John Hurrell – 7 November, 2023
In terms of associations, these abstract works have an overt meteorological ambience, presenting a flickering glowing light in a restless sky that might also be reflected on turbulent water. There are many varied associations such as aurora borealis, sheet lightning, violent storms, volcanic eruptions, cascading ice-flows, tornados, or floods. The viewer is immersed in these ferocious (possibly catastrophic) weather conditions.
Venus Marina /The Roses Came Roaring
27 October - 2 December 2023
In this Sumer show, Georgie Hill‘s presentation straddles the slippery border between painting and drawing, especially when using acrylic on canvas that has collaged rectangular canvas components. Most have a dry brush technique, featuring feathery graphic linear marks and slivers of airy background white support space. The work, of course, has strong connections to the prints for which she is well known.
Besides nine atmospheric canvases there are also four watercolour on paper works, with paper collaged triangles. In her practice Hill likes to incorporate various unusual dyeing, incising, frottaging and washing techniques that result in richly layered textures. Shimmering agitated lines are dominant that seem from a distance to be made with pastel or crayon, and her use of collage features hovering rectangles surrounded by a gesturally activated field, with abruptly delineated edges. The colour combination choices tend towards harsh complementaries, although they usually include soft pastel hues—not saturated or harsh.
Often with the paper works she creates incised pale lines that look like tossed curling string. The gouged-out paper creates a low bank on the curved side of the wiggly trough and seems, on her part, to be a deliberate reference to drypoint intaglio printing where the penetrating angled needle forms a burr; except here with a paper base and not an incised printable sheet of zinc. Hill seems interested in the subtlety of raking light crossing the white furrow and highlighting the relief of the accompanying burr, with its tiny shadow.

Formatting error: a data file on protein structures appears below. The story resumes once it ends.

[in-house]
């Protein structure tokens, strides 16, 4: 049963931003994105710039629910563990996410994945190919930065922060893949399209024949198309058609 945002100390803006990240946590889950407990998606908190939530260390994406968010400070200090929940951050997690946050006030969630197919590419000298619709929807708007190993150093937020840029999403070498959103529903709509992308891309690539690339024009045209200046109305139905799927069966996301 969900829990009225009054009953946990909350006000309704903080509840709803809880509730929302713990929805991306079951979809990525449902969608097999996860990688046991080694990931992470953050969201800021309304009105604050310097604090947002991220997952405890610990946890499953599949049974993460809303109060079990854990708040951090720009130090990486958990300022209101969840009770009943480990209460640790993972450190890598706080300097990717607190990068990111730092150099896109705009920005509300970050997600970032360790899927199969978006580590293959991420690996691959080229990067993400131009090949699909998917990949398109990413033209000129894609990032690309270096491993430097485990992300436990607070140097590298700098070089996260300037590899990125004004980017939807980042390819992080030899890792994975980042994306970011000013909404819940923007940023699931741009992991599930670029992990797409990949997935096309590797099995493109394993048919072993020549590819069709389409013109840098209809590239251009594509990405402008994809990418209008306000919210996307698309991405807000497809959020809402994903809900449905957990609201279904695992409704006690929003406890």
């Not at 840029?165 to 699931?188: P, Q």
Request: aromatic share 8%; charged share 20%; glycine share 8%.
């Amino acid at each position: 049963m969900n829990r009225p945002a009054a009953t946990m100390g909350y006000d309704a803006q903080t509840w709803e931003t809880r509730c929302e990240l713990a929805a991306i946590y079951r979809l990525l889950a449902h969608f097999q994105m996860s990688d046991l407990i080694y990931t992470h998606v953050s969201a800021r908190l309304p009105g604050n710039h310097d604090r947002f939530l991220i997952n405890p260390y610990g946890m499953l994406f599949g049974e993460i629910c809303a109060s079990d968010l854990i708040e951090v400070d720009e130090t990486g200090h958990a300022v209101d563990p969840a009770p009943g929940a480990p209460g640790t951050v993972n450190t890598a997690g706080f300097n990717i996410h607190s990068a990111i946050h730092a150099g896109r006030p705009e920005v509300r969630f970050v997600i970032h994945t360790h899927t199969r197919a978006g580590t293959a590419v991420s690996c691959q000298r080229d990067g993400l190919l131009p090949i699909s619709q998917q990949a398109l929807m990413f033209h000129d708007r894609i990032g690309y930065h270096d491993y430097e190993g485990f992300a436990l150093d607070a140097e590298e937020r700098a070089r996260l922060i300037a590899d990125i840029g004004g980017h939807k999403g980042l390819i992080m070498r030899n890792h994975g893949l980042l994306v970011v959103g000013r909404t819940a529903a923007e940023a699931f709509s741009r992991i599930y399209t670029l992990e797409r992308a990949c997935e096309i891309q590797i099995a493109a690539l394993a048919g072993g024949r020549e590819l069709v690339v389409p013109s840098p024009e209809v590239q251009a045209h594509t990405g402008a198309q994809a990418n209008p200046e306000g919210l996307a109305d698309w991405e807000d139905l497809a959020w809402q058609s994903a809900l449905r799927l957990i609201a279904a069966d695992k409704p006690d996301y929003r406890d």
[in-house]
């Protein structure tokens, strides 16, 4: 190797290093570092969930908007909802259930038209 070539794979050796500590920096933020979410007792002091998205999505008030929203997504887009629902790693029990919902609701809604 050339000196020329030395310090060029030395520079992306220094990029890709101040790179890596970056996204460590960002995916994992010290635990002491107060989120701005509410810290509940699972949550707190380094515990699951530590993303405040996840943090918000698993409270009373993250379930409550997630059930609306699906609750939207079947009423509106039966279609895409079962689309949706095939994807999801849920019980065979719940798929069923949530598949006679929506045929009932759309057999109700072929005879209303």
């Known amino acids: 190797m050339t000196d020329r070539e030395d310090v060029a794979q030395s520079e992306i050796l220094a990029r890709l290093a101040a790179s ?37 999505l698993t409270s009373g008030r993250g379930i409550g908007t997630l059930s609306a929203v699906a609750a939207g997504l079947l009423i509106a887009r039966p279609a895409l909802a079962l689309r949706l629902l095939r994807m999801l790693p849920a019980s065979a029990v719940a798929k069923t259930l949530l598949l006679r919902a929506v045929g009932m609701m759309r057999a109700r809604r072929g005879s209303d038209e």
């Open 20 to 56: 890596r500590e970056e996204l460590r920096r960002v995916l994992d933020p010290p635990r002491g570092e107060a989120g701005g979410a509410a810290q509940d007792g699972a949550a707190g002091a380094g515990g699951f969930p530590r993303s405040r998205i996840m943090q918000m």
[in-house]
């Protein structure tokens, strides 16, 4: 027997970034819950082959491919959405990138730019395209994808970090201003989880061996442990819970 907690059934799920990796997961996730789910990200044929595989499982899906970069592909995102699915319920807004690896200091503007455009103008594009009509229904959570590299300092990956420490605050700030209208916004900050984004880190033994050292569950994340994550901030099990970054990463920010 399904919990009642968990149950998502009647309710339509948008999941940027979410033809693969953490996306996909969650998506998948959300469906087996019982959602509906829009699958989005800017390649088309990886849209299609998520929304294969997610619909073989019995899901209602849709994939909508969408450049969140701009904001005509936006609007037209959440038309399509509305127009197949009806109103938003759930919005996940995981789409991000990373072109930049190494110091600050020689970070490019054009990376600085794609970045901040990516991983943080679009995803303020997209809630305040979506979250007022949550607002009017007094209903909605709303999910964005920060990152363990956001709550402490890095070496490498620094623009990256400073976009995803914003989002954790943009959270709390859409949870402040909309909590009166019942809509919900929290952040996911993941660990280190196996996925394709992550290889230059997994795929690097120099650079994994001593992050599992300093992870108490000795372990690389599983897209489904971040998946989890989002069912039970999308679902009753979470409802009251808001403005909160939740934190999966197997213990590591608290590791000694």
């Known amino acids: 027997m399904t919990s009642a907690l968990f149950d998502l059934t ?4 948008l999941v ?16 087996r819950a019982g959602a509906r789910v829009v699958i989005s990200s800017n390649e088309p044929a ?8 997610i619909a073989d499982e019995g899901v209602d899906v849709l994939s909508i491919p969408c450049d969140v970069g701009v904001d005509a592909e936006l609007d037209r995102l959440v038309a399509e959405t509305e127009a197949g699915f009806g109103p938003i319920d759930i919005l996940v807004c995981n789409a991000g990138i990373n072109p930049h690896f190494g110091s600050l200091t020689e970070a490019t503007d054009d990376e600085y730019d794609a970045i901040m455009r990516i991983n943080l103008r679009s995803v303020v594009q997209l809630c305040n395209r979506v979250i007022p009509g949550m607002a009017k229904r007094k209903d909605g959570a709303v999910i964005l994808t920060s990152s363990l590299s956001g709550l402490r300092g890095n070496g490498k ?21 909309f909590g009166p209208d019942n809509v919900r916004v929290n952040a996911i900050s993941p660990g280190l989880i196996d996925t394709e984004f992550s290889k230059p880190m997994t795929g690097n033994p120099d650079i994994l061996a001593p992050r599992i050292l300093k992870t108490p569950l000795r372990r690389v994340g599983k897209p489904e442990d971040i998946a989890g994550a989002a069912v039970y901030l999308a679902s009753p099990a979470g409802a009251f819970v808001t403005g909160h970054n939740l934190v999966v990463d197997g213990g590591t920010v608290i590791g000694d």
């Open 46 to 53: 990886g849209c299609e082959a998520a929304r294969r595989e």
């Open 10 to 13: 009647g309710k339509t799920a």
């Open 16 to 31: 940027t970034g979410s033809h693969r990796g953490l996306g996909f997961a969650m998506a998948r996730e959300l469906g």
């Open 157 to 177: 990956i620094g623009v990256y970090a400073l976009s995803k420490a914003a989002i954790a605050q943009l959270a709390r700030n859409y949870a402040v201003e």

This artist’s titles allude to various gods and goddesses in Greek mythology, the symbolic content of late Quattrocento painters such as Botticelli, and the Classicist studies of the Canadian poet Anne Carson. In terms of associations, these abstract works have an overt meteorological ambience, presenting a flickering glowing light in a restless sky that might also be reflected on turbulent water. There are many associations such as aurora borealis, sheet lightning, violent storms, eruptions, ice-flows, tornados, or floods. The viewer is optically immersed in these ferocious (possibly catastrophic) weather conditions.
One curious aspect of Hill’s evocative ‘meteorological’ paintings is the affinities with some of JMW Turner’s paintings from the mid-1840s, with the violently streaming wet air that twists and turns. Hill (like Turner) could be strapped down on the front desk of a lurching ship-plowing through the sea in the middle of a howling gale. They allude to life-threatening drama and possibly references climate change.
When pondering Hill‘s use of partially hidden collaged oblongs as seemingly ironic stabilising foils on agitated picture-planes, one is intrigued by the suspended rows of colliding vectorial tensions, tonal contrasts and clashing linear rhythms. In each rectangle, with its four vibrating borders, parallel horizontal lines are discreetly positioned, futilely balanced in the surrounding midst of swirling blue and orange, or purple and pink, chaos—a watery fieriness representing emotional and political intensity.